In January 2015, the Centers for Medicare & Medicaid Services (CMS) released proposed “voluntary” templates for physicians to document face-to-face encounters for home health patients. On Feb. 11, 2015, CMS held an open door forum to address the proposed templates and to receive comments on them from the home health industry.

The face-to-face encounter requirement provides that the certifying physician or a non-physician practitioner has an encounter with the patient 90 days before or 30 days after the start-of-care date. The encounter requirement (in particular, the brief narrative requirement that requires the certifying physician to document the reasons for skilled services and the beneficiary’s homebound status) has been extremely burdensome for home health agencies and certifying physicians.

Although only beginning with start-of-care dates on and after Jan. 1, 2015, CMS eliminated the brief narrative requirement in most circumstances and imposed a new requirement that the certifying physician’s own documentation must support the need for skilled services and the beneficiary’s homebound status. The proposed voluntary templates for physicians to document their face-to-face encounters with home health patients are intended by CMS to meet these documentation requirements. 

During the open door forum, CMS officials explained that the proposed templates are voluntary, and merely in the development stage. Indeed, multiple times during the forum, CMS representatives stated that it would take commenters’ suggestions into consideration while editing the templates. One of the repeated concerns addressed a previous CMS statement that the voluntary templates could serve as the physician’s documentation to support their evaluation and management (E&M) services and the home health certification. Commenters pointed out to CMS that the voluntary forms were not drafted with a focus on compliance with E&M documentation requirements. Therefore, commenters suggested that the forms should be more detail-oriented to satisfy both requirements – lest physicians be required to complete two forms for one patient encounter.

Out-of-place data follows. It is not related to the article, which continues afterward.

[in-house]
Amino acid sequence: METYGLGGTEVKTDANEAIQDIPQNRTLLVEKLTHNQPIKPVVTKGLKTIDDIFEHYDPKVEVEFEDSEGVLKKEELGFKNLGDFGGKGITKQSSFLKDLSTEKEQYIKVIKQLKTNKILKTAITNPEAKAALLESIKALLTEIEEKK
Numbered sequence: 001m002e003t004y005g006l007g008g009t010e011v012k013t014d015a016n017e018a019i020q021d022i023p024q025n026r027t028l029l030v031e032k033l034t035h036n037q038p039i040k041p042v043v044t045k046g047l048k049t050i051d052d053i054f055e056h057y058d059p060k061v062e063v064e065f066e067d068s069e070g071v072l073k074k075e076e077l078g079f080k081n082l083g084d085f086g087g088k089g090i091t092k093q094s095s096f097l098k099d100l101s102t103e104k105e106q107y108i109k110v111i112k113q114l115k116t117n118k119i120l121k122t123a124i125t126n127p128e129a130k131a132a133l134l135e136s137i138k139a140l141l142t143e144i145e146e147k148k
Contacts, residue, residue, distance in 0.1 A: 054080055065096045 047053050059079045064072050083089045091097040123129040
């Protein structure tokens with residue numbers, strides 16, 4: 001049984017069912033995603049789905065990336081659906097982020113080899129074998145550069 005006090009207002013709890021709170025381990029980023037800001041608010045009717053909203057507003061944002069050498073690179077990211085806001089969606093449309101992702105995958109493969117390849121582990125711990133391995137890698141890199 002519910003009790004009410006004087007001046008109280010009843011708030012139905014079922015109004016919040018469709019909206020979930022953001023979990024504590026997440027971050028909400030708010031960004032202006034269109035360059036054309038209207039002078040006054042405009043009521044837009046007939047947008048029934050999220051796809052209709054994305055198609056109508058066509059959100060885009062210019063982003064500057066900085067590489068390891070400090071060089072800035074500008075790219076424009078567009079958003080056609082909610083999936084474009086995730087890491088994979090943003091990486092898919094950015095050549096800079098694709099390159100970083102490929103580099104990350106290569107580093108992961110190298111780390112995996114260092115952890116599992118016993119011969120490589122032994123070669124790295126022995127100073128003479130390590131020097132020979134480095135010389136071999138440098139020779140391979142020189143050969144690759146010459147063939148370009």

Although CMS responded to some callers’ comments and questions, many of the questions were deflected until the next open door forums, which are scheduled for March, April, and May 2015. Many of the deflected questions revolved around workflow issues, such as when it is acceptable for a person other than the certifying provider (for example a hospital staff member) to fill in the information in the form.

These questions likely stemmed from issues involving the new rules effective Jan. 1, 2015 that allow home health agencies to provide the certifying physician with information that corroborates and supports the information in the physician’s record – as long as the physician signs off on the supporting documentation. Home health agencies and facilities with home health services should listen to the upcoming open door forums on March 11, April 8, and May 6 for clarification on this issue.

Although there are mixed reviews of the proposed voluntary templates, once CMS finalizes a voluntary template, use of it could be helpful to home health agencies in the event of an audit finding determining that the physician’s documentation did not support the need for skilled services or homebound status.

Specifically, the forms should help enhance compliance with regulatory requirements as well as support provider defenses such as waiver of liability and provider without fault. Again, we very much encourage you to listen to the future open door forums to continue to learn more about CMS’s position on this evolving process.

About the Authors

Andrew B. Wachler is the principal of Wachler & Associates, P.C.  He graduated Cum Laude from the University of Michigan in 1974 and was the recipient of the William J. Branstom Award. He graduated Cum Laude from Wayne State University Law School in 1978. Mr. Wachler has been practicing healthcare and business law for over 25 years and has been defending Medicare and other third party payor audits since 1980.  Mr. Wachler counsels healthcare providers and organizations nationwide in a variety of legal matters.  He writes and speaks nationally to professional organizations and other entities on a variety of healthcare legal topics.

Jessica Forster is an associate at Wachler & Associates, P.C.  Ms. Lange dedicates a considerable portion of her practice to defending healthcare providers and suppliers in the defense of RAC, Medicare, Medicaid and third party payer audits.  Her practice also includes the representation of clients in Stark, anti-kickback, and fraud and abuse matters.

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